By 2013, smart phones will be over thirty percent of the market and have the same amount of processing power of your laptop today. The question is who will dominate? Right now it looks like Apple, Android and Symbian. Apple seems to have commanding lead with over 150,000 applications for the iPhone and now iPad. The number of devices sold increases every quarter. Google’s Android continues to attract manufacturers, developers and carriers. The risk is that the Android OS may fragment as each party tries to optimize for its own advantage. Symbian OS 4 is about to be refreshed and is based on open architecture. There are Symbian phones batteries that can last over three weeks without recharging. Pretty amazing. Microsoft’s Windows Mobile 6.5 OS is aiming for a consistent interface with computer and game consoles. RIMâ€™s Blackberry OS 4.6 has a loyal following. Palm’s webOS is in trouble.
The winner will give users the best experience at the lowest cost on the fastest network. Do that and you win the war.
On September 23, 2009 in Palo Alto SDForumâ€™s Software Architecture & Modeling SIG hosted Neal Goldstein to talk about â€œContext-Driven Design: Next-Generation Mobile Architectures: The iPhone And iPhone Applicationsâ€. Text from DJCline.com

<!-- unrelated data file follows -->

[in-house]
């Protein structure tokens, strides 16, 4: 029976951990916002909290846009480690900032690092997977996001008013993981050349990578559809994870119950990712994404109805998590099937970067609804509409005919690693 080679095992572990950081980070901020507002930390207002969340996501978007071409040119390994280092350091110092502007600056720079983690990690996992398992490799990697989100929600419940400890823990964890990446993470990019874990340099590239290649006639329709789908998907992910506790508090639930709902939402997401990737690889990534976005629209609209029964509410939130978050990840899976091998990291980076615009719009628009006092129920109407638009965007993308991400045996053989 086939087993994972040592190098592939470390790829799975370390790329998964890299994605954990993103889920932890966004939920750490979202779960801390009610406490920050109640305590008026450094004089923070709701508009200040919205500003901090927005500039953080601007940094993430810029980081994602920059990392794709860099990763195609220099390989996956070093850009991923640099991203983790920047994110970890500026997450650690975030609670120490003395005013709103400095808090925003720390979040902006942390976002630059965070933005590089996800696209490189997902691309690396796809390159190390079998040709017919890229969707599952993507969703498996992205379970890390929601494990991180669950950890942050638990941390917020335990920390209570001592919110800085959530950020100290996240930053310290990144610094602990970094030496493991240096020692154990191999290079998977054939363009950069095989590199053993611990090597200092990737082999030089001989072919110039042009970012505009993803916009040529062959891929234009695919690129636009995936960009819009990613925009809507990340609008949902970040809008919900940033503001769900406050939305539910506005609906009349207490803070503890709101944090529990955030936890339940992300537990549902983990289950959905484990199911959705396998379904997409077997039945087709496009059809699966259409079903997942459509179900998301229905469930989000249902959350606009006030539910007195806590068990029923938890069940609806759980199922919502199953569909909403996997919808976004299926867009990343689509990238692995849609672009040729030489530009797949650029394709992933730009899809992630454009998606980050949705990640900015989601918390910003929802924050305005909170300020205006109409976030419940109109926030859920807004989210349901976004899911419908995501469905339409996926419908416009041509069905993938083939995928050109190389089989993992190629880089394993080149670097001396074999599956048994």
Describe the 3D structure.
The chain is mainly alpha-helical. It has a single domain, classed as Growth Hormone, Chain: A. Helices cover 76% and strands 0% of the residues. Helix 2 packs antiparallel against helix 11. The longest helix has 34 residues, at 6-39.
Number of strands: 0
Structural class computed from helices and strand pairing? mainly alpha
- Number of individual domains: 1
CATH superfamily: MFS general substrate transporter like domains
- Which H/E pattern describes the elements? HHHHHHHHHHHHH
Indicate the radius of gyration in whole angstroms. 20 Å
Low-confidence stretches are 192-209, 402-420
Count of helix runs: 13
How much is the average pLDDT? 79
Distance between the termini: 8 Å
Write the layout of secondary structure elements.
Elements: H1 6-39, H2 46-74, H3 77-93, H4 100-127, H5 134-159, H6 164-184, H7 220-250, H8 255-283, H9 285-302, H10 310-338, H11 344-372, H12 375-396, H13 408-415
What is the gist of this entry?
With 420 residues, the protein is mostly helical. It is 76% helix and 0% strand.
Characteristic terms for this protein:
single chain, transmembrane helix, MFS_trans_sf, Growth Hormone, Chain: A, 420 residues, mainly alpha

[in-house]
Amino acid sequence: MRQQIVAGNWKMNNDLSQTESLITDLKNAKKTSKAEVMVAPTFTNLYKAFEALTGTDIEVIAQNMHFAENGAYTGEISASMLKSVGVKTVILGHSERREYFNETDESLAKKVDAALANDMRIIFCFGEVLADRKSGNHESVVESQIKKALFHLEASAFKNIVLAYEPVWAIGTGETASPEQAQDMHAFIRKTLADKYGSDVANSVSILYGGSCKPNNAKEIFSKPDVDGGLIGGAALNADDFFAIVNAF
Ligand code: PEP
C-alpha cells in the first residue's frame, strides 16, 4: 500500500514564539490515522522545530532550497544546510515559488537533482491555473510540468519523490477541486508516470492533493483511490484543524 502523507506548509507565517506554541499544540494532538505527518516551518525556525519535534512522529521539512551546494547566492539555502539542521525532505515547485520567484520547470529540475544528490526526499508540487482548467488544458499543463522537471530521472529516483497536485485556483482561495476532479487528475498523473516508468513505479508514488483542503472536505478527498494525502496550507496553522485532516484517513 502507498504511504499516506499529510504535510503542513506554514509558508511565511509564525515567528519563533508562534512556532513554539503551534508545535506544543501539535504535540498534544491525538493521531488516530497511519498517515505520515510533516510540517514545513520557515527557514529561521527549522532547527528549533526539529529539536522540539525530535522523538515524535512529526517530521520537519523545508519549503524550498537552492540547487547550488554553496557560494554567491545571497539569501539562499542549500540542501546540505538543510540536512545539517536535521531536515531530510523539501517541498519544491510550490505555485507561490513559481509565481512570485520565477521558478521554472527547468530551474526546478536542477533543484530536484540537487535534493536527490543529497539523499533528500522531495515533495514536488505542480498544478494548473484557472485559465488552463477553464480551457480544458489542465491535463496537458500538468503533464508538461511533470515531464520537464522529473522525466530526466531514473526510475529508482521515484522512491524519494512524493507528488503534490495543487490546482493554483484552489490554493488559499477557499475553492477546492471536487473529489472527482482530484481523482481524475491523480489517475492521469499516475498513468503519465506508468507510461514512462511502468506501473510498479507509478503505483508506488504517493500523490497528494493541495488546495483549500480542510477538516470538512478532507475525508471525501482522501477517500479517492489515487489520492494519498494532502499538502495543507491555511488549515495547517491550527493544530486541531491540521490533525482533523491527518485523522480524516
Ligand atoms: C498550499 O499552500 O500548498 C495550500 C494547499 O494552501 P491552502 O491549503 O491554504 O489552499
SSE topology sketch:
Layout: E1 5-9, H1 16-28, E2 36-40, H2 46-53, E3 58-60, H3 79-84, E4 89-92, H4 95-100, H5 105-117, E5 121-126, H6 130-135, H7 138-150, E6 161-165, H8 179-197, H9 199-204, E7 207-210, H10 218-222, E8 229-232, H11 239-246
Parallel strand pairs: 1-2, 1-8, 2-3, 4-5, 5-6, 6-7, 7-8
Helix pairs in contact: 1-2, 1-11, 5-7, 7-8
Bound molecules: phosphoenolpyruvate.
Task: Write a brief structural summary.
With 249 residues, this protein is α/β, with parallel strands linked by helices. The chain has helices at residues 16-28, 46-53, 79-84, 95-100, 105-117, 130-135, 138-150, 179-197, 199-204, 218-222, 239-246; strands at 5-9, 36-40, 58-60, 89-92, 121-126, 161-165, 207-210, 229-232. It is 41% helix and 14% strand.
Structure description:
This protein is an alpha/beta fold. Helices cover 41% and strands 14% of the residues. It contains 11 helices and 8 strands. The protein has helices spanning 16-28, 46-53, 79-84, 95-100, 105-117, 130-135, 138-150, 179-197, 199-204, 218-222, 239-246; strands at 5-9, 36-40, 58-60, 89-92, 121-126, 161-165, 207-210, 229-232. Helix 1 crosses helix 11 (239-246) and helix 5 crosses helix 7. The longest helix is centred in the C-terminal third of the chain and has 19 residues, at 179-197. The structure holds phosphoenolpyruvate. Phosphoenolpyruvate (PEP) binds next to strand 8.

Goldstein is author of â€œiPhone Application Development For Dummiesâ€ and a pioneer in the practical application of edge and cloud computing. He believes we are living in a post desktop world. A compelling iPhone application is fundamentally different from one on a personal computer. Compared to a PC, the iPhone is limited by its screen, memory, processor, battery and no keyboard or mouse. Despite this, the iPhone offers usability and mobile Internet access to applications with an embedded experience relevant to wherever the user is located. A good app is about user experience not user interface. Goldstein described the iPhone software architecture and how context-driven design rather than function design can make a substantial difference in user experience. Text from DJCline.com